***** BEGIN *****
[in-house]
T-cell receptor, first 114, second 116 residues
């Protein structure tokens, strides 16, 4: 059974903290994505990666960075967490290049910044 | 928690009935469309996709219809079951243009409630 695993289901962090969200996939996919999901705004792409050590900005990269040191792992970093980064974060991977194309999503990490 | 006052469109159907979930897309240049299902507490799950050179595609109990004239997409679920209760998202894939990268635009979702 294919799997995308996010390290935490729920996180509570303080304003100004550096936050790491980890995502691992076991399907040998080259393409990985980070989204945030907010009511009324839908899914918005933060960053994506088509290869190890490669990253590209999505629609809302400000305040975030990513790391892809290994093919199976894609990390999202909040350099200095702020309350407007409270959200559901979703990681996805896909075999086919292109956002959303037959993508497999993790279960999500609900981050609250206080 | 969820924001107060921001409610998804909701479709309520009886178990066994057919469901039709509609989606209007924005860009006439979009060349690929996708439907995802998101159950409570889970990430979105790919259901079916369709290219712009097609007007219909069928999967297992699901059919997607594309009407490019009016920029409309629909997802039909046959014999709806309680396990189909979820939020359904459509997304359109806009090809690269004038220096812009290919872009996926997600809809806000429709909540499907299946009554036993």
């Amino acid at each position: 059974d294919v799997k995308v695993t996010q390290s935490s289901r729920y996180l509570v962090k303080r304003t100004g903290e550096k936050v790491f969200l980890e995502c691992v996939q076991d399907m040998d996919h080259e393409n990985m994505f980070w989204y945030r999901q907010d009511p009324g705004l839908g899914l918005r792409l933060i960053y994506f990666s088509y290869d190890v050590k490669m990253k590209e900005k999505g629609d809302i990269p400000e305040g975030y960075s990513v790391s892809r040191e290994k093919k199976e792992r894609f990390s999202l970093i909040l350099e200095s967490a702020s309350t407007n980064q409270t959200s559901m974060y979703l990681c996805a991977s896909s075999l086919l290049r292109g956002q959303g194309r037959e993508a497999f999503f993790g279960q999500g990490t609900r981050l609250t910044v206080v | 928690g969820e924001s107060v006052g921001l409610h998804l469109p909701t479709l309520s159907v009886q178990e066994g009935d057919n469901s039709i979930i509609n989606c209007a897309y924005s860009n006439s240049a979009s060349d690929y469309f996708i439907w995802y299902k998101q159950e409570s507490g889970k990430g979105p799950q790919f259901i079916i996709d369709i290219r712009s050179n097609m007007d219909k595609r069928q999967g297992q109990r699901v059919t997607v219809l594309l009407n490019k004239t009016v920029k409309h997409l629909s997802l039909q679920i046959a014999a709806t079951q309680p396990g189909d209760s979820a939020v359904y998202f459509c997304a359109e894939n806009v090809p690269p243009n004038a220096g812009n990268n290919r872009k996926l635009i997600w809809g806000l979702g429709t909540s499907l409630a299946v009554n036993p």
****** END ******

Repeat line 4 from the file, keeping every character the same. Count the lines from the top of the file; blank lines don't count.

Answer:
């Amino acid at each position: 059974d294919v799997k995308v695993t996010q390290s935490s289901r729920y996180l509570v962090k303080r304003t100004g903290e550096k936050v790491f969200l980890e995502c691992v996939q076991d399907m040998d996919h080259e393409n990985m994505f980070w989204y945030r999901q907010d009511p009324g705004l839908g899914l918005r792409l933060i960053y994506f990666s088509y290869d190890v050590k490669m990253k590209e900005k999505g629609d809302i990269p400000e305040g975030y960075s990513v790391s892809r040191e290994k093919k199976e792992r894609f990390s999202l970093i909040l350099e200095s967490a702020s309350t407007n980064q409270t959200s559901m974060y979703l990681c996805a991977s896909s075999l086919l290049r292109g956002q959303g194309r037959e993508a497999f999503f993790g279960q999500g990490t609900r981050l609250t910044v206080v | 928690g969820e924001s107060v006052g921001l409610h998804l469109p909701t479709l309520s159907v009886q178990e066994g009935d057919n469901s039709i979930i509609n989606c209007a897309y924005s860009n006439s240049a979009s060349d690929y469309f996708i439907w995802y299902k998101q159950e409570s507490g889970k990430g979105p799950q790919f259901i079916i996709d369709i290219r712009s050179n097609m007007d219909k595609r069928q999967g297992q109990r699901v059919t997607v219809l594309l009407n490019k004239t009016v920029k409309h997409l629909s997802l039909q679920i046959a014999a709806t079951q309680p396990g189909d209760s979820a939020v359904y998202f459509c997304a359109e894939n806009v090809p690269p243009n004038a220096g812009n990268n290919r872009k996926l635009i997600w809809g806000l979702g429709t909540s499907l409630a299946v009554n036993p």